For all the reticence of Steve Coppell to lavish praise on his Reading team, they are motoring impressively. This was their fourth win in a row, lifting them into sixth place in the Premiership, a position where some managers would launch into auto-babble about Europe. "That is not on our radar," was Coppell's dismissive comment.
However, he did praise the teamwork that gave the base for a victory achieved by the electric Kevin Doyle's eighth goal of the season and his fifth in the past six games. "I couldn't really think of a weakness," said the manager. "Everyone contributed fully. It was a good, strong performance against a team I have immense respect for."
The extent to which Reading's squad graft for each other was exemplified by John Oster. Brought in as replacement for the injured Glen Little, the former Everton and Sunderland man's eager running was the key which unlocked Bolton's back line, and, if there was just one goal in this game, it was indisputably a gem.
Nicky Shorey, whose every move at left-back is accompanied by chants from the crowd of "Shorey for England", started the goal move just after the half-hour with an enterprising burst out of defence which carried him over the halfway line before unleashing a ball the width of the field to Oster. The winger cut inside one defender before lofting his cross to the far post, where Doyle cleverly anticipated Jussi Jaaskelainen's intentions before heading the ball back across his leap and into the far bottom corner.
Bolton, the team Coppell forecast a week ago might end his side's winning run, offered the familiar formula based on progress via throw-ins, free-kicks and corners, all seemingly taken by that indefatigable veteran, Gary Speed. A couple of early opportunities were carved, but Kevin Nolan, put through by Kevin Davies, saw his shot blocked by Marcus Hahnemann before El Hadji Diouf failed to get enough on his header from a Nicky Hunt centre.
Nicolas Anelka, in such electrifying form against Arsenal a week ago, reverted to indolence and ineffectiveness until contributing towards Bolton's late surge in pursuit of an equaliser, when a couple of thundering shots were charged down by a Reading defence clocking up its third successive clean sheet.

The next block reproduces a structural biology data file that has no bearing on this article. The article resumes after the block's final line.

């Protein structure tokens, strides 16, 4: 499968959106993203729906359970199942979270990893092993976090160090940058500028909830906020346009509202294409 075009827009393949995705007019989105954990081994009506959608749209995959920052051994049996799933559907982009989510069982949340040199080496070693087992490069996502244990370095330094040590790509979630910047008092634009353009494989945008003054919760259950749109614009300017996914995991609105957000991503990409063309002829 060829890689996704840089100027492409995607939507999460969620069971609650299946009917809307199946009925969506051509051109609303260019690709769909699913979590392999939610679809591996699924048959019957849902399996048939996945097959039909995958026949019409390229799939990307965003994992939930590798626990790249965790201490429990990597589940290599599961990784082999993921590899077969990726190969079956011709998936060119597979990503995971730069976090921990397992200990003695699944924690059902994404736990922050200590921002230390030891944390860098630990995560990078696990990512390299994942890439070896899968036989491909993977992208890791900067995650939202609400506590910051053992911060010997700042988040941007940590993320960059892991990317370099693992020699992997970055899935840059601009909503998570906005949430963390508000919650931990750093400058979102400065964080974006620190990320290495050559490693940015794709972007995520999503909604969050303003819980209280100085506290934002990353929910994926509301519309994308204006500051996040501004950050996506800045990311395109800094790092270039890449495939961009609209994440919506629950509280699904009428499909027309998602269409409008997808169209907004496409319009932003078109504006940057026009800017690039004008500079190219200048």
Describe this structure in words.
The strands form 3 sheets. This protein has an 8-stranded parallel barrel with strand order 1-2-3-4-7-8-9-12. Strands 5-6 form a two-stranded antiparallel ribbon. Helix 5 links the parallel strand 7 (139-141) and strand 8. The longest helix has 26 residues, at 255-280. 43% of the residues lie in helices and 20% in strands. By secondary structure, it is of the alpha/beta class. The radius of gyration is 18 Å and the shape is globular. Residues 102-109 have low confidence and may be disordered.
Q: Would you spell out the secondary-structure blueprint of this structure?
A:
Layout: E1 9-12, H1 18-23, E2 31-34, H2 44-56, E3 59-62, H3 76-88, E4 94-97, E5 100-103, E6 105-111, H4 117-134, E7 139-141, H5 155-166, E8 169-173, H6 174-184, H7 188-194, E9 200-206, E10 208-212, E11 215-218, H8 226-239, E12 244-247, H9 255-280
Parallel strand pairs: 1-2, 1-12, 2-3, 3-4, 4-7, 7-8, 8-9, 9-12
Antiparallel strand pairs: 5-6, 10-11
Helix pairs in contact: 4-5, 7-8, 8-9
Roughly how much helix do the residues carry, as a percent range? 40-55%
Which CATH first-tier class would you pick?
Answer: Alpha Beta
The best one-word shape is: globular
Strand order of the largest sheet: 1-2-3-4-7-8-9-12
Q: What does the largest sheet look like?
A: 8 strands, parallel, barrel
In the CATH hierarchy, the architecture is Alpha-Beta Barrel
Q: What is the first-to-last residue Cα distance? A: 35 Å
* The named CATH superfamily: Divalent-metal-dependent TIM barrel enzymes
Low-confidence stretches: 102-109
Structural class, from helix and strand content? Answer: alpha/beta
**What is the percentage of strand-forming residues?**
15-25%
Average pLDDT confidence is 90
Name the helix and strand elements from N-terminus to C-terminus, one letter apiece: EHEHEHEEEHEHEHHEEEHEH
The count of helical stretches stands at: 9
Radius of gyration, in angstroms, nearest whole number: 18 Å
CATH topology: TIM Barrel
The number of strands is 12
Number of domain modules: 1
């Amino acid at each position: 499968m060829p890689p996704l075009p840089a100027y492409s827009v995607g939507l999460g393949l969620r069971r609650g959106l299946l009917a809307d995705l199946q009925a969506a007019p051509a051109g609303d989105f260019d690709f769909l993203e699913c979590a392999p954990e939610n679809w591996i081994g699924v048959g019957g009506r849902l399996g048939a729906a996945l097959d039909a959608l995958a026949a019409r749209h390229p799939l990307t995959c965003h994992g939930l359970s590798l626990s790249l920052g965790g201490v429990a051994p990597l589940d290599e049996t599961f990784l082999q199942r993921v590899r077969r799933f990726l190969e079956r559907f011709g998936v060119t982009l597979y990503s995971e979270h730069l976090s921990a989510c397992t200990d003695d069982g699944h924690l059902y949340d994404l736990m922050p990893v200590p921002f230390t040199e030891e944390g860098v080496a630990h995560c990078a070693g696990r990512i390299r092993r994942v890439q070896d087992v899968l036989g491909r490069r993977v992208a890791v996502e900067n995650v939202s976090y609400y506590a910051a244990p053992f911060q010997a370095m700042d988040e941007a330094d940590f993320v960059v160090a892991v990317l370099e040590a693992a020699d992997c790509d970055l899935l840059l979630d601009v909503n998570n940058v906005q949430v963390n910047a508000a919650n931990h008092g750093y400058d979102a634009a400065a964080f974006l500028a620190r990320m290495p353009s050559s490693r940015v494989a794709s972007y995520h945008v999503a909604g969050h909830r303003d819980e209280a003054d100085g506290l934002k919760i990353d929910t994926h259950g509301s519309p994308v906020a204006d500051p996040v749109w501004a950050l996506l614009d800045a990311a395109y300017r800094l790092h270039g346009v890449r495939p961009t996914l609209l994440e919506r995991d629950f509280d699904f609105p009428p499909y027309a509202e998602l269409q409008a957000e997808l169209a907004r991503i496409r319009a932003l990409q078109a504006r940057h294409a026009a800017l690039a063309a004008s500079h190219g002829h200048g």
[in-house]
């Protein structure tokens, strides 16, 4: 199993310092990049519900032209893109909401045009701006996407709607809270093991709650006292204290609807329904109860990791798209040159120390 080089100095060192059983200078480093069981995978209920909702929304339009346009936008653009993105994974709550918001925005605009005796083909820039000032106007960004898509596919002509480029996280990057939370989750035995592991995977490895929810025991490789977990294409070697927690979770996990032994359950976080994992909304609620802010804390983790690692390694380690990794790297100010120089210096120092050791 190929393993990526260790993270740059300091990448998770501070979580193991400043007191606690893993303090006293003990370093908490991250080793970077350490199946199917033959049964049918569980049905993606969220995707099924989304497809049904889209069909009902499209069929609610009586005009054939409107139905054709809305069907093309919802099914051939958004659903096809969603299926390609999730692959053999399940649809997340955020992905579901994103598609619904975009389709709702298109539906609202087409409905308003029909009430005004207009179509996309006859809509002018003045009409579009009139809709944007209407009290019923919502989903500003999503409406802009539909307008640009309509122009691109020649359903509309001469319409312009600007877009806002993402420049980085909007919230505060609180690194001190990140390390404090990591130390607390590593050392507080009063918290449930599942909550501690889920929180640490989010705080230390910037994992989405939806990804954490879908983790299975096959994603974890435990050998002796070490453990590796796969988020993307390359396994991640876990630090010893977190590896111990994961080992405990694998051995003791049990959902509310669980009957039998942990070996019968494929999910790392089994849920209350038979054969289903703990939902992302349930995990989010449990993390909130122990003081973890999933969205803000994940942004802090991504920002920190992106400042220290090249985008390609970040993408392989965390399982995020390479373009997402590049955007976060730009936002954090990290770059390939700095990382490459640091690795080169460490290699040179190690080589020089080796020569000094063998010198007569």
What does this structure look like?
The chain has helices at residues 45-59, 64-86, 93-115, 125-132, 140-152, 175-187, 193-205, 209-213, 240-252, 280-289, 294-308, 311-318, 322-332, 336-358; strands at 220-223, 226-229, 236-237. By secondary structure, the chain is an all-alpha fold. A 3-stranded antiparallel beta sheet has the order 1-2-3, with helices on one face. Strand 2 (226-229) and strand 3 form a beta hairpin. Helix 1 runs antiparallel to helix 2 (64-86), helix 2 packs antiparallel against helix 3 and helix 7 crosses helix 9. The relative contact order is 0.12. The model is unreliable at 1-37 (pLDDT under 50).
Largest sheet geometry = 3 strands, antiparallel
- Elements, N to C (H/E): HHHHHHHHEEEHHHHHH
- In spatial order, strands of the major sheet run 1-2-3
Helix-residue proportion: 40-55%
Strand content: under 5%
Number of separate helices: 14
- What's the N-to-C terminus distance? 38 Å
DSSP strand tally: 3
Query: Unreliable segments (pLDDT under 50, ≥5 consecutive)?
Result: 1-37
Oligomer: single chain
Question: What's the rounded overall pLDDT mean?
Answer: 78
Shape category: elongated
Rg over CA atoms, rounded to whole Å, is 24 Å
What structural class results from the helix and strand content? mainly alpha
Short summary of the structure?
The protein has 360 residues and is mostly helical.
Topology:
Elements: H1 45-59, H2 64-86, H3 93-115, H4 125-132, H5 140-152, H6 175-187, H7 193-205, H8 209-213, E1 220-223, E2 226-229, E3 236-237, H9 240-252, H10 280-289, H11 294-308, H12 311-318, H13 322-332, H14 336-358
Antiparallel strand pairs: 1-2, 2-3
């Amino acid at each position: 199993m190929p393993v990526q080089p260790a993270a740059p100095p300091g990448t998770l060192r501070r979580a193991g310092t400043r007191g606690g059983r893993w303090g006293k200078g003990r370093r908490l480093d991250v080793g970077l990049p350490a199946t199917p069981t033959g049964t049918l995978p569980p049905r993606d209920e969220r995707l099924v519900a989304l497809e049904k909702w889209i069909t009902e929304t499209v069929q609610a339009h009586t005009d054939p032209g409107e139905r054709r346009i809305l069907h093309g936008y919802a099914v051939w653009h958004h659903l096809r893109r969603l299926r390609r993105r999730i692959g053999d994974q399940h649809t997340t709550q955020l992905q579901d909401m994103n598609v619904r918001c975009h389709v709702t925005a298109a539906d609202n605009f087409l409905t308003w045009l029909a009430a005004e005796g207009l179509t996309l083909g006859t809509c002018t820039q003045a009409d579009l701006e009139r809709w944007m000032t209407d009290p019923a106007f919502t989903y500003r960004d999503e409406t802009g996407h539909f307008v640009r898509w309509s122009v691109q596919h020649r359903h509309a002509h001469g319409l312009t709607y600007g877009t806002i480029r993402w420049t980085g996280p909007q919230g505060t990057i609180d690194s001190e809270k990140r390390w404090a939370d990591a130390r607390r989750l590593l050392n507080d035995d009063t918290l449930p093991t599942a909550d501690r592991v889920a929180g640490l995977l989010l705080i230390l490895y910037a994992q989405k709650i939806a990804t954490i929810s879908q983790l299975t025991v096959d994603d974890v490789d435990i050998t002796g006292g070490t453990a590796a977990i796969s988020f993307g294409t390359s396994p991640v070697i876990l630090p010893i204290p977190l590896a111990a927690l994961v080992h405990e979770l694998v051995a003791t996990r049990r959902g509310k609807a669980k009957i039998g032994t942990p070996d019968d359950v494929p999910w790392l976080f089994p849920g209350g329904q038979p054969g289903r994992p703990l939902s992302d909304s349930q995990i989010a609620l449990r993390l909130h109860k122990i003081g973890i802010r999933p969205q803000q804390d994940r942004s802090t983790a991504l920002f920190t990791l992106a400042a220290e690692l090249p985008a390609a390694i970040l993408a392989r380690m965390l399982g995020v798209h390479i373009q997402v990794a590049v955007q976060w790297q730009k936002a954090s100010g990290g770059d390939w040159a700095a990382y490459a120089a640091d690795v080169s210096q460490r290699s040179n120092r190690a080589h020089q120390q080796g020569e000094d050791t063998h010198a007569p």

With Oster consistently getting the better of his marker, Tal Ben Haim, space started to open with half an hour gone for Doyle's brand of deadliness. Twice the striker got to the byline for crosses; the first was badly mis-timed by Seol Ki-Hyeon and the second escaped Stephen Hunt's rush by inches. With a confidence bred by the victories over Tottenham, Charlton and Fulham, Reading knocked the ball around to great effect, as was shown by the goal, and they continued the good work after the interval, with Seol and Hunt setting up Oster, who ballooned over. Shorey's dipping effort was much closer to the target, but progress became more testing as Bolton upped their commitment in a match of surprisingly few fouls, though Nolan was fortunate to escape with a yellow for chopping down Reading's best midfielder, Steve Sidwell.
Risking being on the wrong end of a breakaway, Bolton pushed forward and might have been punished when the quick-footed substitute Leroy Lita forced a save from Jaaskelainen. Reading's growing maturity in the top flight was displayed at an Ivan Campo free-kick, when the home defence moved upfield in unison, leaving half-a-dozen Bolton men stranded.
In a desperate bid to land that equaliser, Jaaskelainen moved upfield in added time but collected nothning more than a yellow card for obstructing his opposite number. For Bolton, it was that sort of afternoon.Reuse content